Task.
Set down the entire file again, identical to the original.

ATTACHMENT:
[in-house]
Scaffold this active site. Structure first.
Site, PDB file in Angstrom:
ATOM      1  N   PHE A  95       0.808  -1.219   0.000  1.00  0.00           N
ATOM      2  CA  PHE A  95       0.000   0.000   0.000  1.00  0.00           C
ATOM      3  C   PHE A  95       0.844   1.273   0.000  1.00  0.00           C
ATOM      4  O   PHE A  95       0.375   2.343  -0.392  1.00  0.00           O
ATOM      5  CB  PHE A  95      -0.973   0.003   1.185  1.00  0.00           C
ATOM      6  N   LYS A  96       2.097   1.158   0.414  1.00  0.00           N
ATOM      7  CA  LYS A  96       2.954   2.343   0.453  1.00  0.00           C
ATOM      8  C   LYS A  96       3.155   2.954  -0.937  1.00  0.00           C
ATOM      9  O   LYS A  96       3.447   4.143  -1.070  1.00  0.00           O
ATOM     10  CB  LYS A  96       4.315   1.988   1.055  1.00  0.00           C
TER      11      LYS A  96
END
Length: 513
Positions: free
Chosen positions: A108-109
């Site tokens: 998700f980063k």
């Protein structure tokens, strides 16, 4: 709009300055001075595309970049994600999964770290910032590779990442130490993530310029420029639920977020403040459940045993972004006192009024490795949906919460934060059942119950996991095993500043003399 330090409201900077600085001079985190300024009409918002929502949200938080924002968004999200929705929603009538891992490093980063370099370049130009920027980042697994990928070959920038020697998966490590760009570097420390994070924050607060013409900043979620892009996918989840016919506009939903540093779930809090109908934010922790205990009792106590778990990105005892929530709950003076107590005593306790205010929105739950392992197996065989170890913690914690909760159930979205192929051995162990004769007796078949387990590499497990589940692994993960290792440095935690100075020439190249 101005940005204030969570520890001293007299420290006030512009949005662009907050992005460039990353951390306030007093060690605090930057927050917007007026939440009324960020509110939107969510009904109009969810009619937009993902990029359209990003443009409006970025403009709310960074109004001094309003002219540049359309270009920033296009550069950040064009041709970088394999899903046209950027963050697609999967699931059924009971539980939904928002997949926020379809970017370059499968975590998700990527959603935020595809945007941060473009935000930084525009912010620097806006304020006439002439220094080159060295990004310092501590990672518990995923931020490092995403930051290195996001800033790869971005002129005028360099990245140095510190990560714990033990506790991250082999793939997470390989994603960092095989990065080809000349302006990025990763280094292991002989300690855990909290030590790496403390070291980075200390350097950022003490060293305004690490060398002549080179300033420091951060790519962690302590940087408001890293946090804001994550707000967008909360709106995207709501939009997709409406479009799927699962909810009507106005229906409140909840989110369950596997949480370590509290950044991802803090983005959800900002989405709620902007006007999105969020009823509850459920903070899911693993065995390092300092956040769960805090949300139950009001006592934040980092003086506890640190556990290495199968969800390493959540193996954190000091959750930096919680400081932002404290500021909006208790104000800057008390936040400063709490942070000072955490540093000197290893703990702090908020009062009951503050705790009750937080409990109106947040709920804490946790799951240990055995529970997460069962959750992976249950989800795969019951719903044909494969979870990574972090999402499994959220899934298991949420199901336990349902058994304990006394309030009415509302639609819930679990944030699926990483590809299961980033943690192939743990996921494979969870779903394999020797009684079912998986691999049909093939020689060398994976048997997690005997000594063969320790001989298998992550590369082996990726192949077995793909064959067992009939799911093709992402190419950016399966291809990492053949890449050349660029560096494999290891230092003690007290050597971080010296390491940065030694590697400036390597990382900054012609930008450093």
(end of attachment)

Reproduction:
[in-house]
Scaffold this active site. Structure first.
Site, PDB file in Angstrom:
ATOM      1  N   PHE A  95       0.808  -1.219   0.000  1.00  0.00           N
ATOM      2  CA  PHE A  95       0.000   0.000   0.000  1.00  0.00           C
ATOM      3  C   PHE A  95       0.844   1.273   0.000  1.00  0.00           C
ATOM      4  O   PHE A  95       0.375   2.343  -0.392  1.00  0.00           O
ATOM      5  CB  PHE A  95      -0.973   0.003   1.185  1.00  0.00           C
ATOM      6  N   LYS A  96       2.097   1.158   0.414  1.00  0.00           N
ATOM      7  CA  LYS A  96       2.954   2.343   0.453  1.00  0.00           C
ATOM      8  C   LYS A  96       3.155   2.954  -0.937  1.00  0.00           C
ATOM      9  O   LYS A  96       3.447   4.143  -1.070  1.00  0.00           O
ATOM     10  CB  LYS A  96       4.315   1.988   1.055  1.00  0.00           C
TER      11      LYS A  96
END
Length: 513
Positions: free
Chosen positions: A108-109
């Site tokens: 998700f980063k």
């Protein structure tokens, strides 16, 4: 709009300055001075595309970049994600999964770290910032590779990442130490993530310029420029639920977020403040459940045993972004006192009024490795949906919460934060059942119950996991095993500043003399 330090409201900077600085001079985190300024009409918002929502949200938080924002968004999200929705929603009538891992490093980063370099370049130009920027980042697994990928070959920038020697998966490590760009570097420390994070924050607060013409900043979620892009996918989840016919506009939903540093779930809090109908934010922790205990009792106590778990990105005892929530709950003076107590005593306790205010929105739950392992197996065989170890913690914690909760159930979205192929051995162990004769007796078949387990590499497990589940692994993960290792440095935690100075020439190249 101005940005204030969570520890001293007299420290006030512009949005662009907050992005460039990353951390306030007093060690605090930057927050917007007026939440009324960020509110939107969510009904109009969810009619937009993902990029359209990003443009409006970025403009709310960074109004001094309003002219540049359309270009920033296009550069950040064009041709970088394999899903046209950027963050697609999967699931059924009971539980939904928002997949926020379809970017370059499968975590998700990527959603935020595809945007941060473009935000930084525009912010620097806006304020006439002439220094080159060295990004310092501590990672518990995923931020490092995403930051290195996001800033790869971005002129005028360099990245140095510190990560714990033990506790991250082999793939997470390989994603960092095989990065080809000349302006990025990763280094292991002989300690855990909290030590790496403390070291980075200390350097950022003490060293305004690490060398002549080179300033420091951060790519962690302590940087408001890293946090804001994550707000967008909360709106995207709501939009997709409406479009799927699962909810009507106005229906409140909840989110369950596997949480370590509290950044991802803090983005959800900002989405709620902007006007999105969020009823509850459920903070899911693993065995390092300092956040769960805090949300139950009001006592934040980092003086506890640190556990290495199968969800390493959540193996954190000091959750930096919680400081932002404290500021909006208790104000800057008390936040400063709490942070000072955490540093000197290893703990702090908020009062009951503050705790009750937080409990109106947040709920804490946790799951240990055995529970997460069962959750992976249950989800795969019951719903044909494969979870990574972090999402499994959220899934298991949420199901336990349902058994304990006394309030009415509302639609819930679990944030699926990483590809299961980033943690192939743990996921494979969870779903394999020797009684079912998986691999049909093939020689060398994976048997997690005997000594063969320790001989298998992550590369082996990726192949077995793909064959067992009939799911093709992402190419950016399966291809990492053949890449050349660029560096494999290891230092003690007290050597971080010296390491940065030694590697400036390597990382900054012609930008450093």